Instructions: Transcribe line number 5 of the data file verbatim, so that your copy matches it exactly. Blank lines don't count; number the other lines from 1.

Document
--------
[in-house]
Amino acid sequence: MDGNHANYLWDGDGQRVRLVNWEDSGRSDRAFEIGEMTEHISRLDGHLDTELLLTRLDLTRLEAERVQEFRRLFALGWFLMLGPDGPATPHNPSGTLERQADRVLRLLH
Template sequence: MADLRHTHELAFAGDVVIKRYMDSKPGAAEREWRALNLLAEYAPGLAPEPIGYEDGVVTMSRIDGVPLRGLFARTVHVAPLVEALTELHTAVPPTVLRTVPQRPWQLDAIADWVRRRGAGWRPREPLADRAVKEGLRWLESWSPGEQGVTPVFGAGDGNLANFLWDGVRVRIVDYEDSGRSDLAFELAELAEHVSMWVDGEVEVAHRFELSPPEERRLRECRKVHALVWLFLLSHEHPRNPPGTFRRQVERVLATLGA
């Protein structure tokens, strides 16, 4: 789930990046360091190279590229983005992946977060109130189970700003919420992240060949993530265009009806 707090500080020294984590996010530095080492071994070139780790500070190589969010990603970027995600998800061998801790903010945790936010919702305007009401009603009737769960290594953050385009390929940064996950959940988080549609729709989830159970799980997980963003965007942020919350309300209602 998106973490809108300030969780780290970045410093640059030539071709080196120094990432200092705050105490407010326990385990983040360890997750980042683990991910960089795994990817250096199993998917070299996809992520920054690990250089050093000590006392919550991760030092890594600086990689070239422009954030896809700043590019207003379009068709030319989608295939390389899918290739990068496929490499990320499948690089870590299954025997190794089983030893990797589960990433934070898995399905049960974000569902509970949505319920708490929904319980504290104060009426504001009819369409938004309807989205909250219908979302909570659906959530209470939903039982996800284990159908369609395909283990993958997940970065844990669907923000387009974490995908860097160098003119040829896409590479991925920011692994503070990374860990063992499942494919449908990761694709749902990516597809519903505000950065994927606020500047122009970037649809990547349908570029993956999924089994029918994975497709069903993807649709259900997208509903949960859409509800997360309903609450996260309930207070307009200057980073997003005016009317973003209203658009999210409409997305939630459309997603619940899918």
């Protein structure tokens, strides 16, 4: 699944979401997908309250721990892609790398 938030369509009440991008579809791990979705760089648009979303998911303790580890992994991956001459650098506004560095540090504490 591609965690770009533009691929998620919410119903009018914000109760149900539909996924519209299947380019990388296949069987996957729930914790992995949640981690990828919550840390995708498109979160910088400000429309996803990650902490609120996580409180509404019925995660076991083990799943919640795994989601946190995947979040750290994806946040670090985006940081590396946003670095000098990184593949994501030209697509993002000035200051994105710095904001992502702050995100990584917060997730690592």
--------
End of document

């Protein structure tokens, strides 16, 4: 699944979401997908309250721990892609790398 938030369509009440991008579809791990979705760089648009979303998911303790580890992994991956001459650098506004560095540090504490 591609965690770009533009691929998620919410119903009018914000109760149900539909996924519209299947380019990388296949069987996957729930914790992995949640981690990828919550840390995708498109979160910088400000429309996803990650902490609120996580409180509404019925995660076991083990799943919640795994989601946190995947979040750290994806946040670090985006940081590396946003670095000098990184593949994501030209697509993002000035200051994105710095904001992502702050995100990584917060997730690592």